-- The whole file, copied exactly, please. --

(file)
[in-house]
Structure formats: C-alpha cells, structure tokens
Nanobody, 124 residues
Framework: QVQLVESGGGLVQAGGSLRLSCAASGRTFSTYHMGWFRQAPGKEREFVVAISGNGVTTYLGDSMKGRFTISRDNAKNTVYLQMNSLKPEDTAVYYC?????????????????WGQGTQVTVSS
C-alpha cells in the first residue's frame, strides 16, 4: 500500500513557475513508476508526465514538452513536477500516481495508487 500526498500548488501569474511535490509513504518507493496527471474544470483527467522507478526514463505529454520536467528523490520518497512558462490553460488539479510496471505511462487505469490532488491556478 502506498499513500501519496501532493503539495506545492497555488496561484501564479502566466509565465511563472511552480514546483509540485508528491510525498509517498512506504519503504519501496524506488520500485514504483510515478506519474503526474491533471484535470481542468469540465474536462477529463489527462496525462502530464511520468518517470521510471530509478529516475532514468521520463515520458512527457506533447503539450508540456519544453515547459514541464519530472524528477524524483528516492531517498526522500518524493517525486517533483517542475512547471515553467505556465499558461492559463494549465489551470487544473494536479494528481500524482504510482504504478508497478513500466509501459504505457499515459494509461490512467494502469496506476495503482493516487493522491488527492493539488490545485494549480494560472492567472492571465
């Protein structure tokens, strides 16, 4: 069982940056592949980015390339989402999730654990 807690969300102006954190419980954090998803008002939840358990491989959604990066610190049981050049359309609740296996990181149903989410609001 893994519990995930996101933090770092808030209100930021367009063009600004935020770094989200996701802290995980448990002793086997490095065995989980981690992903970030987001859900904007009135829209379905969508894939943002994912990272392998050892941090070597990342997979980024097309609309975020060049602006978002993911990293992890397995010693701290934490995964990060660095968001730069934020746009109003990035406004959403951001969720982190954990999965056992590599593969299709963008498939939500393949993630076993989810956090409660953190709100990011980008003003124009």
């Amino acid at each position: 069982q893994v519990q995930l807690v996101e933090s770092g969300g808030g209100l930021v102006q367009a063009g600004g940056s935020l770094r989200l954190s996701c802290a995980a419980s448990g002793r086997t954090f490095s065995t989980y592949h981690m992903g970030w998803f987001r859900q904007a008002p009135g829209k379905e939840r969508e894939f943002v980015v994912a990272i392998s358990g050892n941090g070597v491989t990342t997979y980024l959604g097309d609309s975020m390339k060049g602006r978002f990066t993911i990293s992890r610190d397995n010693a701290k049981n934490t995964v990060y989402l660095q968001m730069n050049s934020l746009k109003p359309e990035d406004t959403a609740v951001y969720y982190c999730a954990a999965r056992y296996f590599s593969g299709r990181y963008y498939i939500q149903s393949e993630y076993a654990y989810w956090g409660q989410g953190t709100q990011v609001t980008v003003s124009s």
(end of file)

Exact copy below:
[in-house]
Structure formats: C-alpha cells, structure tokens
Nanobody, 124 residues
Framework: QVQLVESGGGLVQAGGSLRLSCAASGRTFSTYHMGWFRQAPGKEREFVVAISGNGVTTYLGDSMKGRFTISRDNAKNTVYLQMNSLKPEDTAVYYC?????????????????WGQGTQVTVSS
C-alpha cells in the first residue's frame, strides 16, 4: 500500500513557475513508476508526465514538452513536477500516481495508487 500526498500548488501569474511535490509513504518507493496527471474544470483527467522507478526514463505529454520536467528523490520518497512558462490553460488539479510496471505511462487505469490532488491556478 502506498499513500501519496501532493503539495506545492497555488496561484501564479502566466509565465511563472511552480514546483509540485508528491510525498509517498512506504519503504519501496524506488520500485514504483510515478506519474503526474491533471484535470481542468469540465474536462477529463489527462496525462502530464511520468518517470521510471530509478529516475532514468521520463515520458512527457506533447503539450508540456519544453515547459514541464519530472524528477524524483528516492531517498526522500518524493517525486517533483517542475512547471515553467505556465499558461492559463494549465489551470487544473494536479494528481500524482504510482504504478508497478513500466509501459504505457499515459494509461490512467494502469496506476495503482493516487493522491488527492493539488490545485494549480494560472492567472492571465
């Protein structure tokens, strides 16, 4: 069982940056592949980015390339989402999730654990 807690969300102006954190419980954090998803008002939840358990491989959604990066610190049981050049359309609740296996990181149903989410609001 893994519990995930996101933090770092808030209100930021367009063009600004935020770094989200996701802290995980448990002793086997490095065995989980981690992903970030987001859900904007009135829209379905969508894939943002994912990272392998050892941090070597990342997979980024097309609309975020060049602006978002993911990293992890397995010693701290934490995964990060660095968001730069934020746009109003990035406004959403951001969720982190954990999965056992590599593969299709963008498939939500393949993630076993989810956090409660953190709100990011980008003003124009």
């Amino acid at each position: 069982q893994v519990q995930l807690v996101e933090s770092g969300g808030g209100l930021v102006q367009a063009g600004g940056s935020l770094r989200l954190s996701c802290a995980a419980s448990g002793r086997t954090f490095s065995t989980y592949h981690m992903g970030w998803f987001r859900q904007a008002p009135g829209k379905e939840r969508e894939f943002v980015v994912a990272i392998s358990g050892n941090g070597v491989t990342t997979y980024l959604g097309d609309s975020m390339k060049g602006r978002f990066t993911i990293s992890r610190d397995n010693a701290k049981n934490t995964v990060y989402l660095q968001m730069n050049s934020l746009k109003p359309e990035d406004t959403a609740v951001y969720y982190c999730a954990a999965r056992y296996f590599s593969g299709r990181y963008y498939i939500q149903s393949e993630y076993a654990y989810w956090g409660q989410g953190t709100q990011v609001t980008v003003s124009s």